If you are like most home buyers, purchasing a new home is by far your biggest financial commitment. Mortgages typically last between 15 and 30 years and can have a big impact on your life. Once you have signed the documents and bought your first home, consider these often overlooked aspects of your move.
Insuring your home is giving your greatest asset a safety net. A standard homeowner’s insurance policy covers unexpected damage from disasters or damage to your personal belongings. But destruction caused by floods, earthquakes or lack of maintenance are not usually covered. Speak to an insurance professional for advice about any additional policies you may need for your home based on its geographic location.
Is your home insulated? Particularly the attic and the hot water pipes? Lack of insulation can cost you thousands of dollars in utility payments, while affecting your access to heat and hot water. Some states offer financing or rebates for upgrading insulation — do some research to find out about any benefits in your local area.
When you rent a home, your landlord is responsible for any updates that need to be made. To ensure that you can maintain the safety and worth of your new house, start setting money aside that can help you do anything from buying snow shovels to repaving your driveway. A lot of potential issues can pop up when moving into a new home! If you think ahead, you can help prevent financial difficulties.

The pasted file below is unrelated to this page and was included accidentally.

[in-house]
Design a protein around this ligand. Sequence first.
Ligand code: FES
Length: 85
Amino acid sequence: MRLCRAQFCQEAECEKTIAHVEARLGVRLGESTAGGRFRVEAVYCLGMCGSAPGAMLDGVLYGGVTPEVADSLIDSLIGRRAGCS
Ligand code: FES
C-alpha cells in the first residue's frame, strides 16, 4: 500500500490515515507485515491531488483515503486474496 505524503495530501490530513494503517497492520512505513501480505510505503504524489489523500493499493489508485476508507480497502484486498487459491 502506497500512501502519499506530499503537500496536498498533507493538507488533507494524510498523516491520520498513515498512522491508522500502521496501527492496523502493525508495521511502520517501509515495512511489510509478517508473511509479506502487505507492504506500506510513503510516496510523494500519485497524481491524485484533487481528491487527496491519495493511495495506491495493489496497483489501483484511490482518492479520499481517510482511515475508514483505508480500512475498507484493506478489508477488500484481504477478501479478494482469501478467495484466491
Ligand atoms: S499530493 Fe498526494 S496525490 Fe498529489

Balance Your Budget
Many new homeowners pay a higher percentage of their income for a down payment and a mortgage than they did for rent. If you haven’t already, take out your budget, and consider what you need to adjust to allow for an increase in housing costs.
Moving can be hectic, even if you’re staying in the same neighborhood! When you consider moving costs, explore all of your options: renting a truck and recruiting friends to help you move, or hiring movers to do everything. Moving companies offer a wide range of services and a variety of price points. Make sure that any movers are insured and have positive references. The last thing you want is to damage your favorite furniture.
Now that you have the financial and logistical pieces in place, you can embrace this chapter in your life. Purchasing a new home is not just about the practical aspects of the change, they are also about setting down roots. What are you looking forward to most about your new home?
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Consumer Education Services, Inc. (CESI) is a non-profit service provider of comprehensive personal financial education and solutions for all life stages and for all of life’s milestones. Our goal is enhanced economic security for everyone we serve.
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